Content Classes

Content classes are an important part of the Greenwood School curriculum.  Read on for details about each of the major subject areas included in content classes.


The Greenwood Science curriculum prepares our students to become well-informed citizens in an age of critical issues ranging from health care and nutrition to stewardship of the environment.  This includes grounding in fundamental concepts and vocabulary across the main domains of science:

  • Earth Science
    • Geology
    • Oceanography
    • Meteorology
    • Astronomy
  • Physical Science
    • Physics
    • Chemistry
    • Environmental Studies
  • Life Science
    • Biology
    • Botany
    • Anatomy

Advanced students may study topics such as the impact of industrialization on the earth, ecology, energy, climate change, technology and invention.

In addition to the study of specific content areas, students learn to think critically, use the scientific method, classify, undertake data collection and analysis including units of measurement and measures of central tendency, and use scientific tools.  Students develop research skills and information literacy using The Big 6 as an organizing principle.  Students also learn to analyze common structures in scientific writing with the goal of reading, questioning, thinking and writing like a scientist.

Social Studies

In Social Studies, students hone their skills in analytical and creative writing, oral presentation, collaboration, research and analysis. They also learn the habits of reflection, self-evaluation, perseverance, and practice.  Students read and analyze primary and secondary sources to develop their understanding of history.  They develop Big 6 essential research skills.  Analysis of current events is a critical piece of the curriculum as we explore the underlying struggles in our communities, nation, and around the world.

Becoming a Change-maker: Personal role in making history

In this course, students define their role as change-makers in society.  Beginning with an exploration of personal histories and social identities, students discover how society and modern history have shaped the way they view the world.  Leadership styles and models are explored as students research historical leaders and peace-builders.  Finally, we study theories of social change.

Essential questions:

  • Where do I come from?
  • How do I define power?
  • What is my leadership style?
  • How can I impact society and be a change maker?

Nation Building (US History)

In this course, students look at history through the lens of community and nation. The primarily focus is on key moments in US History that helped to define American values.  Students study foundational documents like the Declaration of Independence, The Constitution of the United States, and the Emancipation Proclamation to better understand the Founders’ intentions in forming a new nation, as well as the challenges faced by government leaders today in upholding those ideals.  Students analyze US History from the perspective of cultural investigators as they define what it means to be an American.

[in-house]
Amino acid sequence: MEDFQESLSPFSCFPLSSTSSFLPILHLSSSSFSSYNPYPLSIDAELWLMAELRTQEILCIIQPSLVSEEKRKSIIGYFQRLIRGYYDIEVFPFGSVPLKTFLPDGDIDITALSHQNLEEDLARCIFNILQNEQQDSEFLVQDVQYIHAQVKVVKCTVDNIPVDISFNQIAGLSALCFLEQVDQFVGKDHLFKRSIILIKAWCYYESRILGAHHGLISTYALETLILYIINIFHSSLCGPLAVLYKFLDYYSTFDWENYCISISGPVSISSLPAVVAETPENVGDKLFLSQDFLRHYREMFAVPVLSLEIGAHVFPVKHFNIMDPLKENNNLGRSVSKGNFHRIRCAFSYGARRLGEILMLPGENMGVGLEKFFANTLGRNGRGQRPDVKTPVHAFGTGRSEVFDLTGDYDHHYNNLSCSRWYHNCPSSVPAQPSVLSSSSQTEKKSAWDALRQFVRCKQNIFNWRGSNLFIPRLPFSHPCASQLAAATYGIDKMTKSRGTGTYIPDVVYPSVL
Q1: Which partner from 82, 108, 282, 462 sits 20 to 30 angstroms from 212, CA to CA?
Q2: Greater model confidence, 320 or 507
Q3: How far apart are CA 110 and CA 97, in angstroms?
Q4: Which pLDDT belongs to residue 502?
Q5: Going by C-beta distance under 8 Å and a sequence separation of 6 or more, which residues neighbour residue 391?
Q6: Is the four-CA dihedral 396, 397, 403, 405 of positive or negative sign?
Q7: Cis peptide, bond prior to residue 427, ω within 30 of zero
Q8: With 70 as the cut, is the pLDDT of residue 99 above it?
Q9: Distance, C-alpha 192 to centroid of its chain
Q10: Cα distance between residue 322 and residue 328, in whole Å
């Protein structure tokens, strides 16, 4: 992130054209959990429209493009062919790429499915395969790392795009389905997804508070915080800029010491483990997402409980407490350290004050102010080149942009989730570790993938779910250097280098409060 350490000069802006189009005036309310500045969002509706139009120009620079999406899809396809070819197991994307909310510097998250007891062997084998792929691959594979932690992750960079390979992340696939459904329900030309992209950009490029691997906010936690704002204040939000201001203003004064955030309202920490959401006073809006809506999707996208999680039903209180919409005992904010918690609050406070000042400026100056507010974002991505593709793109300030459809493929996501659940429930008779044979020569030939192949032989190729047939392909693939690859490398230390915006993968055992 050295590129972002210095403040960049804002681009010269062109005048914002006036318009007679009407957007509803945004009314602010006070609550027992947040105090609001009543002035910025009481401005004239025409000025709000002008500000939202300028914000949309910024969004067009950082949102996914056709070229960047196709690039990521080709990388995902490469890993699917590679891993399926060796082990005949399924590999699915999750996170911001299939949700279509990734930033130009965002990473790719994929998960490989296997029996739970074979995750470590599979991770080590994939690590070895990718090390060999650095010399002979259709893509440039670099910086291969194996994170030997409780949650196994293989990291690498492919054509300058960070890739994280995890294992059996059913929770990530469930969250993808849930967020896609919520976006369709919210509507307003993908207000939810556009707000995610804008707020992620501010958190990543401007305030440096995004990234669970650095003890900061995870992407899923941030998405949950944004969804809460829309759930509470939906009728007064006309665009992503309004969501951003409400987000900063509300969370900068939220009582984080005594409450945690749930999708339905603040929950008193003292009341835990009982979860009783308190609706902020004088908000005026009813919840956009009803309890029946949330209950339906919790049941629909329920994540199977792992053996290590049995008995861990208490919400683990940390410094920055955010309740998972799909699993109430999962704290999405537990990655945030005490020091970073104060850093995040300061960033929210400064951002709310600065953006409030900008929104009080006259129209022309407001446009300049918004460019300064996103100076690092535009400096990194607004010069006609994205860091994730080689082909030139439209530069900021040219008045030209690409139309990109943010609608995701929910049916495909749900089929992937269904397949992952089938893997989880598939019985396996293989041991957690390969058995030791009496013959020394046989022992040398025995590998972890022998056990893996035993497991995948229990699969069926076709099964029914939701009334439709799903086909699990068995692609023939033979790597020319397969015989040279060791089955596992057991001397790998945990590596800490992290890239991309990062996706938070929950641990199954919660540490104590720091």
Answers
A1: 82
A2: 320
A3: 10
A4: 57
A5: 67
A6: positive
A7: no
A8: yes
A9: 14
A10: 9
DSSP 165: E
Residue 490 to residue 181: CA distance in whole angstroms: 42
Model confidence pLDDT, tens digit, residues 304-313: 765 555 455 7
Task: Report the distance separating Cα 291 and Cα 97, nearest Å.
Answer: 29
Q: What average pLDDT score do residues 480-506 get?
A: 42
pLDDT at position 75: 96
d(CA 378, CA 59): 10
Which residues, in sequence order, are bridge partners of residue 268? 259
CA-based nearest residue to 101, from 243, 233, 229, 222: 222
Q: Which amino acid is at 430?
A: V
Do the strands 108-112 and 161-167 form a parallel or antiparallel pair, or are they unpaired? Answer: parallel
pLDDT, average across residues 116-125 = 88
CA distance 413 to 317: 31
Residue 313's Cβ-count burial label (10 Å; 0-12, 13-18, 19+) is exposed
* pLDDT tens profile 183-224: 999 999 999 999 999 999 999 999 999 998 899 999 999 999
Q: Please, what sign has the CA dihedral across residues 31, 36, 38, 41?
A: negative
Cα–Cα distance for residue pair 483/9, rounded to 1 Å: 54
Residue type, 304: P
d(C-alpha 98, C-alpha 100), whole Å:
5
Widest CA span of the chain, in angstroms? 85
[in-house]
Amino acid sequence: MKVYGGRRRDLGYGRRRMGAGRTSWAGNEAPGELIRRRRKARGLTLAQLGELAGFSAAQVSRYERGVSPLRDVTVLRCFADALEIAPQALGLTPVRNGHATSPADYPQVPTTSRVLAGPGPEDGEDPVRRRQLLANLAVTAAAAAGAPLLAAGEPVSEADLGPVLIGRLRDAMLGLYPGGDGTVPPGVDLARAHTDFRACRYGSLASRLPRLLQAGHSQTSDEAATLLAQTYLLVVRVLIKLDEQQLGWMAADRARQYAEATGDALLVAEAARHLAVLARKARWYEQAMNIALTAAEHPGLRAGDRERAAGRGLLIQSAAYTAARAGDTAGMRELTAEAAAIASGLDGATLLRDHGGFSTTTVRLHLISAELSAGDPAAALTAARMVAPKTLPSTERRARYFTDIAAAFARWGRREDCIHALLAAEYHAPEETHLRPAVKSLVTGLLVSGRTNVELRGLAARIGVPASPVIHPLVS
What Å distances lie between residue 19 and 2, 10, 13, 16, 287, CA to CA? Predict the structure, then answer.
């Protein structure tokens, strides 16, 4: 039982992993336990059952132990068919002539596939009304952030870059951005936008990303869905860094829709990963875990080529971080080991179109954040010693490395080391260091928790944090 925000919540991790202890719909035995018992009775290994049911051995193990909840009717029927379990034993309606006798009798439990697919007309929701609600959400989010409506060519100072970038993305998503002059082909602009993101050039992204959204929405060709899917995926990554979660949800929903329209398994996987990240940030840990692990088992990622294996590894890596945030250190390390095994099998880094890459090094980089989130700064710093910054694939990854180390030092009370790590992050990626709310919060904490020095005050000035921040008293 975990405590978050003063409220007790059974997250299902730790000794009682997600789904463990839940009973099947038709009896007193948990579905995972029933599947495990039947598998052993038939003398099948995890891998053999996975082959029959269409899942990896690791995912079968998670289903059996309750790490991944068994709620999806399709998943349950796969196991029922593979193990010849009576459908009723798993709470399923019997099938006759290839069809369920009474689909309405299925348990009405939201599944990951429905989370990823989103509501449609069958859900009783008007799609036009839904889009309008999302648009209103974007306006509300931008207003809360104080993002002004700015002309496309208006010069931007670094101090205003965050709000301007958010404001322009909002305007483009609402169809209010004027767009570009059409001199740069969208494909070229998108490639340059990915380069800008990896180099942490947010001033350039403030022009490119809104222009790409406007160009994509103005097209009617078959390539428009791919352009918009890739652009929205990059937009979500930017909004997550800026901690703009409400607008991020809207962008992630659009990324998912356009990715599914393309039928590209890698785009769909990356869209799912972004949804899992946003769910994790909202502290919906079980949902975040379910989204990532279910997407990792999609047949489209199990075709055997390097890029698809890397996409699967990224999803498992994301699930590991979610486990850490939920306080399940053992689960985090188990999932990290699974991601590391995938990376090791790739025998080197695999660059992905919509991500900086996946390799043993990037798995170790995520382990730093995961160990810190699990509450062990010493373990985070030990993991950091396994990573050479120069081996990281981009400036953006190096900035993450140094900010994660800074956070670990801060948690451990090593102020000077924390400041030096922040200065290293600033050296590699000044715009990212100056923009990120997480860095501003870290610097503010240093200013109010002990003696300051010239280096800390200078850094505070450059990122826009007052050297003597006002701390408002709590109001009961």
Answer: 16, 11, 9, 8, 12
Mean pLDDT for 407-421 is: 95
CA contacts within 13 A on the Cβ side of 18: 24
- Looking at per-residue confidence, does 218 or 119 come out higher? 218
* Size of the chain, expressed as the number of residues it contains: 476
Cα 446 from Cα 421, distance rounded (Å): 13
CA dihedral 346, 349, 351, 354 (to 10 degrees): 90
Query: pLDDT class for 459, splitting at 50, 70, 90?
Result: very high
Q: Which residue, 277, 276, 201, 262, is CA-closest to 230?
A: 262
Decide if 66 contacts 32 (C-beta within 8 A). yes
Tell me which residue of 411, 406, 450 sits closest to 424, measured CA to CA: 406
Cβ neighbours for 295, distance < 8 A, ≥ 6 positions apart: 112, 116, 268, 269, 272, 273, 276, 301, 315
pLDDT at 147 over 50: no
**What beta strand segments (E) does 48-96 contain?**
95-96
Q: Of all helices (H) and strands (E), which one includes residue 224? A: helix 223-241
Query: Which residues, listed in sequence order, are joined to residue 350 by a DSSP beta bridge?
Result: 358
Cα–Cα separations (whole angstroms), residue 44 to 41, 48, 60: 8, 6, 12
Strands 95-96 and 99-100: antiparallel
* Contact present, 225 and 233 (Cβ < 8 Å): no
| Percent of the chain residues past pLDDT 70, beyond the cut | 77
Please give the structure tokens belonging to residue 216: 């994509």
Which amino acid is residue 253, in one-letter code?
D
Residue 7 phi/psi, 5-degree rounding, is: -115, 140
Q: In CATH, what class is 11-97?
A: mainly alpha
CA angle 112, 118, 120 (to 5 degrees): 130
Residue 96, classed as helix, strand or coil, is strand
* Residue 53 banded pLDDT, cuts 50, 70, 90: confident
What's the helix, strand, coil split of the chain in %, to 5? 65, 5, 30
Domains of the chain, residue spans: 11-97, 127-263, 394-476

Essential Questions:

  • What makes a nation?
  • What are the roles of government and citizens?
  • Social organization: power relations.
  • Control of resources: who owns, who labors, who benefits

International Relations (World History)

We live in a global society. This course aims to expose students to diverse countries and cultures as they learn that there are many ways to know the world. Students will analyze ways in which human groups have come into contact and interacted with one another, including systems of communication, migration, commercial exchange, conquest, and cultural diffusion.

Essential Questions:

  • What makes a culture?
  • What informs my world view?
  • How are countries and cultures connected?



Throughout the Greenwood community we support students in making healthy choices.   By serving nutritious food, promoting exercise, teaching hygiene, and helping students deal with stress, community life fosters wellness and constructive personal habits.

Equally important is the Greenwood health curriculum.  This program is designed not only to give students developmentally appropriate knowledge, but also to help them develop skills, attitudes and behaviors that will enable them to apply that information to their own lives.   Students analyze data about risky behavior, use problem-solving scenarios that are relevant to real life situations, and develop personal goals and plans to achieve and maintain a healthy life style.

Topics include:

  • Wellness and total health / hygiene / personal goal setting
  • Drug / tobacco / alcohol education
  • Human sexuality, reproduction / abstinence / birth control
  • Personal safety, including STDs & HIV AIDS
  • Mental health / anxiety & depression / dealing with stress
  • Nutrition / exercise
  • Basic First Aid / CPR / assessing risk


Social Pragmatics

Social Pragmatics instruction at Greenwood supports students in navigating their social environment in healthy and constructive ways.  We emphasize:

  • perspective taking
  • verbal and non-verbal communication
  • increasing empathy
  • emotions and emotional regulation
  • conflict styles
  • self-advocacy
  • healthy relationships

Advanced coursework moves on to issues of intercultural relations, specifically:

  • intercultural communication
  • social identity and inequality
  • how youth in particular experience these global issues of inequality

This advanced coursework continues to expand students’ ability to think about issues from a range of perspectives, deal with conflict, and communicate — both verbally and non-verbally — in a more equitable and culturally appropriate way.

All students participate in group pragmatics classes.  In addition, we offer pragmatics as a support service to address specific individual needs.